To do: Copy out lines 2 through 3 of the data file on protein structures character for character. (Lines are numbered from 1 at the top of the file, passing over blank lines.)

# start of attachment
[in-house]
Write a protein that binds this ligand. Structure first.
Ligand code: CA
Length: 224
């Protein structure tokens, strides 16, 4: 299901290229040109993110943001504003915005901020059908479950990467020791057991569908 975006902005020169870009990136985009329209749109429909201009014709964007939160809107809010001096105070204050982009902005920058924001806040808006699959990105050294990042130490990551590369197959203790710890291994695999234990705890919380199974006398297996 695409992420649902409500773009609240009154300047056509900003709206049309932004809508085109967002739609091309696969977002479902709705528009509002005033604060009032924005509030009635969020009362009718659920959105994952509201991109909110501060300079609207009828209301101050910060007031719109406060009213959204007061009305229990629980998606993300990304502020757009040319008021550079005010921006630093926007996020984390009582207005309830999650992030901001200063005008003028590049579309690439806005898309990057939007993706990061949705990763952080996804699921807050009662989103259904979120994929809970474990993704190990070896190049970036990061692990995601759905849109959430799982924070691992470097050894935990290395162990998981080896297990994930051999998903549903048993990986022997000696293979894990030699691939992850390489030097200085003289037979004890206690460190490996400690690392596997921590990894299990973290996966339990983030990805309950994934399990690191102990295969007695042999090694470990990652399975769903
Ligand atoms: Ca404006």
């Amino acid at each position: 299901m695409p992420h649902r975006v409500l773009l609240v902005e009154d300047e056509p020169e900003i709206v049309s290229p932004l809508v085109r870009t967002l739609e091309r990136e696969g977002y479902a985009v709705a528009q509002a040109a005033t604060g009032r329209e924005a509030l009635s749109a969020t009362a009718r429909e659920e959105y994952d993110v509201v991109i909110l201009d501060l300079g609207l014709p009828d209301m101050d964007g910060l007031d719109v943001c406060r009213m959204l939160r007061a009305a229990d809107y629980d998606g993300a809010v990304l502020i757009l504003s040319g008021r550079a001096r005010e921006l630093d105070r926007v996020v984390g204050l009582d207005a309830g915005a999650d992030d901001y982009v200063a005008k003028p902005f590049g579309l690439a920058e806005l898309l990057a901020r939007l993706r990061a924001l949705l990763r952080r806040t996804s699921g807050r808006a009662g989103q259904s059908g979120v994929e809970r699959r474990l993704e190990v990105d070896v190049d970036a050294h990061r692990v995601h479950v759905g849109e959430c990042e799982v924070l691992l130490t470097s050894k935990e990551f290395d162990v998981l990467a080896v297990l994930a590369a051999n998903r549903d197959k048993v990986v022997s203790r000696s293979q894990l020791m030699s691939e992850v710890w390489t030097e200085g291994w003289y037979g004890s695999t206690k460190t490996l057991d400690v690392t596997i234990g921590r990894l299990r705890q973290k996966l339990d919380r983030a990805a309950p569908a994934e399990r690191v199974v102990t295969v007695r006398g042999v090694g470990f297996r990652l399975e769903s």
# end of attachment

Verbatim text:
Write a protein that binds this ligand. Structure first.
Ligand code: CA